October 1347. Twelve Genoese galleys arrived at the port of Messina, in Sicily. From there they disembarked, not only the sailors, but an invisible and terrifying traveler. So terrible that, if they had known, the port authorities would not have hesitated for a single moment to send the twelve ships and their respective crews to the bottom of the sea .
Nothing is known about these ships: neither where they came from, nor if they carried any cargo or if Messina was their final destination. The only thing certain is that a deadly and microscopic passenger came down from there: the bacterium Yersinia pestis . In this nondescript way, the Black Death landed in Europe.
Historians suspect that the galleys came from the Genoese city of Caffa on the Crimean peninsula . It is also unclear how the disease got there, although it is suspected that it was brought by the Mongols of the Golden Horde (a Mongolian state that encompassed parts of present-day Russia, Ukraine, and Kazakhstan) from India. They laid siege to the city and are said to have launched plague-infected corpses into the city using catapults. But such an explanation has a drawback: the plague is not contracted by contact with the dead .
Nor is it possible to know if this ghostly and deadly passenger went down to Messina with the rats and fleas or if the unfortunate sailors were already suffering from it. The only certain thing is that in a few days the plague settled down with firm roots in the unfortunate city. His fate was sealed.
the plague spreads
The citizens of Messina could do nothing but force the ill-fated sailors to board their ships and sail them out of port quickly. The deluded Sicilians believed that in this way they would get rid of evil. Big mistake. The only thing they achieved was that the plague, the black death , spread throughout the Mediterranean.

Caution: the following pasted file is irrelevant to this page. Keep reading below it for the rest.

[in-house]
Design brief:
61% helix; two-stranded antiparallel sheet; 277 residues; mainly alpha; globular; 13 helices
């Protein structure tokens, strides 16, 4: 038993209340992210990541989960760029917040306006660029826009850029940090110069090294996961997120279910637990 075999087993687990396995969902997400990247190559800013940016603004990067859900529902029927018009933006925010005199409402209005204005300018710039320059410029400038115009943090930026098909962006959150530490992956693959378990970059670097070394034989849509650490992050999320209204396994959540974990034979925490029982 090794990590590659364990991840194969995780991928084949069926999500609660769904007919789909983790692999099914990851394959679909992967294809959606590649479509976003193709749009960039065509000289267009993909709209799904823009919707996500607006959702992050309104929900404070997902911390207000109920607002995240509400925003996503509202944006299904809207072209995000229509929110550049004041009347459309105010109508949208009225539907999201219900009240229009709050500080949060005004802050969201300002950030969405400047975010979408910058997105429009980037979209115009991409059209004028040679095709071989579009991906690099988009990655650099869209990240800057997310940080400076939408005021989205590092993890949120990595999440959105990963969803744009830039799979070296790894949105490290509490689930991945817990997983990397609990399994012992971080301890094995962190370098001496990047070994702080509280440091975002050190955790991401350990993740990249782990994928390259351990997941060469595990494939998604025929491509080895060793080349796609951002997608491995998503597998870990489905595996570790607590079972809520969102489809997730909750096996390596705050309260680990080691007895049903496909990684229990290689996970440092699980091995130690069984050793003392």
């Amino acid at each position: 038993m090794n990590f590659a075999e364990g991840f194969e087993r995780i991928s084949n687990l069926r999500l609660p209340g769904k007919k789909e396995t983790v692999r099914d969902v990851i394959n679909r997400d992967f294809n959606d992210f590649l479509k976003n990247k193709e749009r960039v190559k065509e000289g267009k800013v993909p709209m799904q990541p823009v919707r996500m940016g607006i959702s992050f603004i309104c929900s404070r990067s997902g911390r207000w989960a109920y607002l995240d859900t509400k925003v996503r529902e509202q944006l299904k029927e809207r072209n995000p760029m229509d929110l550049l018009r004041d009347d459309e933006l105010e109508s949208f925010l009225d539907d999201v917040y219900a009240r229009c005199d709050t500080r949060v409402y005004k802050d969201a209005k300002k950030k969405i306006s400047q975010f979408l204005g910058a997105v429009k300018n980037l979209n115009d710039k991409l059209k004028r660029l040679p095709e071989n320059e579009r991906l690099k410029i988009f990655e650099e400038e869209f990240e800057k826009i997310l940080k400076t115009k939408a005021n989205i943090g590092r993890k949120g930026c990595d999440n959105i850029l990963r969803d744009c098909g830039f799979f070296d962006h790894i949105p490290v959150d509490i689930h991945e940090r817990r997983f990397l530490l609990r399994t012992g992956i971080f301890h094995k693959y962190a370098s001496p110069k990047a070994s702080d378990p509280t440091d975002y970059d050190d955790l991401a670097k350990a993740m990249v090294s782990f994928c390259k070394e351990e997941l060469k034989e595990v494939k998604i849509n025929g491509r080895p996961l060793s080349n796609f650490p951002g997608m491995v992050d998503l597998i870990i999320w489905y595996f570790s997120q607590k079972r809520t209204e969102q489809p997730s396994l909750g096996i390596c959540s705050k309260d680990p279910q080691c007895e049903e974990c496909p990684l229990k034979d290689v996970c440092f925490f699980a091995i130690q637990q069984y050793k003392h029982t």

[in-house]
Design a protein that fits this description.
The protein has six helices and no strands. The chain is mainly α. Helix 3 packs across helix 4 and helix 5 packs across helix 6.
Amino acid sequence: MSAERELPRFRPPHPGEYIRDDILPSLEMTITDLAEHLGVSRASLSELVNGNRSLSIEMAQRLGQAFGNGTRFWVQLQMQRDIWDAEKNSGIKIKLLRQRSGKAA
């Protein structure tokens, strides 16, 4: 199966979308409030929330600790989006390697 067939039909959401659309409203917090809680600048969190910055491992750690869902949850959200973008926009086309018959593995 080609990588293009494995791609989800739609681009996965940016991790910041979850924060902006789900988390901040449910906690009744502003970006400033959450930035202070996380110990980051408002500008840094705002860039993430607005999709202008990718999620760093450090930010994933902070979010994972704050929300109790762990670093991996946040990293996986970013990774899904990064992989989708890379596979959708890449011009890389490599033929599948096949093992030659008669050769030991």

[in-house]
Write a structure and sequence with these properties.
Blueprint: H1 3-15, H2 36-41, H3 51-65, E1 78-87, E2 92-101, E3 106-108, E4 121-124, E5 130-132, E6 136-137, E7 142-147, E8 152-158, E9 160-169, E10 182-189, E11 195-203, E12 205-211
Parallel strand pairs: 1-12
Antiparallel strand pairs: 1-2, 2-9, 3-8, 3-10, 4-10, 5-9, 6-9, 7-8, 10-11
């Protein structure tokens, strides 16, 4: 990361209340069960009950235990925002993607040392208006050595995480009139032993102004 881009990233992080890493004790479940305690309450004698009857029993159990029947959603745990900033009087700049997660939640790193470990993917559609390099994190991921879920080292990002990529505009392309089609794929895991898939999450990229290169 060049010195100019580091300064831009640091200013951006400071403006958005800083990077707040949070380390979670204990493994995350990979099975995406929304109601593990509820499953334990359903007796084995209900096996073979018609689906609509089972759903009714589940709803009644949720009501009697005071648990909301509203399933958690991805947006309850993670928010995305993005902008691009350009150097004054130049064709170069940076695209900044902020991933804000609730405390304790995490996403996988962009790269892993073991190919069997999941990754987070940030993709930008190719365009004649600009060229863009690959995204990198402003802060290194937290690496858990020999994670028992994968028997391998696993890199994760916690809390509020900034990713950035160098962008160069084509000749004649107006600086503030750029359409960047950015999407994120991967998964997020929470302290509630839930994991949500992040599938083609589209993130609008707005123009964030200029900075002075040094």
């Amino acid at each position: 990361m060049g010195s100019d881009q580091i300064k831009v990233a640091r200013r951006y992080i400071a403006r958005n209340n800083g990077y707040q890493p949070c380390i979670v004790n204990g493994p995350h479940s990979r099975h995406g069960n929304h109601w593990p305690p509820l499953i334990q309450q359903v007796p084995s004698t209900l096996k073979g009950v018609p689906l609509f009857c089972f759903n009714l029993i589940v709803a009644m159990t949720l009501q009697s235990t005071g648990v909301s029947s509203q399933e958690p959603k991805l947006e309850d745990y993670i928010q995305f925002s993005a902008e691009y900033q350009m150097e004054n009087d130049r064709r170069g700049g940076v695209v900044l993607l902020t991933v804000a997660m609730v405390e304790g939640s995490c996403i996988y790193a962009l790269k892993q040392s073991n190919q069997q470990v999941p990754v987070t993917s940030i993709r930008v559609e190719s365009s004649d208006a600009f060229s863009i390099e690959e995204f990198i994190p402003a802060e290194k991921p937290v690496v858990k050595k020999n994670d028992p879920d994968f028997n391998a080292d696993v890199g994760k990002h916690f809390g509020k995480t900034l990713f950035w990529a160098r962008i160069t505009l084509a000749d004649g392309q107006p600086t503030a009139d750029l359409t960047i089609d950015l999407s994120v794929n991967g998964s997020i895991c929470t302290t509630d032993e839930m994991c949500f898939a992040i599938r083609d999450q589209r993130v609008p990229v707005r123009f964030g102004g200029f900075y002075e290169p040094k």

With hundreds of victims every day and believing that the slightest contact with a sick person caused contagion, panic spread throughout the city. The few leaders who could have taken some kind of measures to, at least, mitigate the danger were among the first to die. The people of Messina fled their doomed city inland, into the fields and vineyards of southern Sicily. In their desperation they thought that isolation would save them, but what they did was spread death throughout the island .
When the first victims arrived in the nearby city of Catania, they were admitted to hospitals and treated with exquisite care. But when they realized the magnitude of the disaster , very strict immigration laws were enacted . The fear was such that no Catano even dared to speak to a Messin.
But it was already late. Death had settled peacefully in their homes. The plague was preparing to jump to the mainland. And no one was safe.
of unknown origin
The black plague, bubonic plague or black death has been one of the most devastating pandemics in the history of mankind. For 400 years we had it in Europe, but the most terrible peak happened between 1347 and 1353, which killed more than a third of the European population . It is estimated that some 25 million people died from plague in Europe alone along with another 40 to 60 million in Africa and Asia.
Yersinia pestis is a Gram negative bacillus: it receives this name because it does not stain dark blue but a faint pink when Gram’s stain is applied, used in microbiology to see bacteria more clearly under a microscope. It lives peacefully on rodents such as rats, squirrels, gerbils, and mice, and is transmitted between them using fleas . The path is simple: the flea carries the infection from one rat to another and from the rat jumps to the human being. Once inside us, it lodges in the lymph nodes in the armpit or groin, which become inflamed, increase in size and end up suppurating until they form the fateful “buboes”. Luckily for medieval Europeans, bubonic plague is not transmitted between people but if the bacteria reaches the lung it can become pneumonic or respiratory plague, which is transmitted between people due to the aerosols we emit when breathing, as happens with the coronavirus. Both are two killer diseases: if left untreated, bubonic plague kills half of those infected and pneumonic plague 100%. Laugh at the 1-3% attributed to coronavirus.
Where he came from? Nobody knows for sure. It is believed that it appeared in the Gobi desert to reach China between 1331 or 1334. From there it went to India, then to Russia and through trade routes it reached the Mediterranean ports of Europe, where it persisted for 400 years until its disappearance. As in many epidemics that have devastated the planet, its origin and its disappearance are a mystery.
Horrox, R. (1994) The black death, Manchester University Press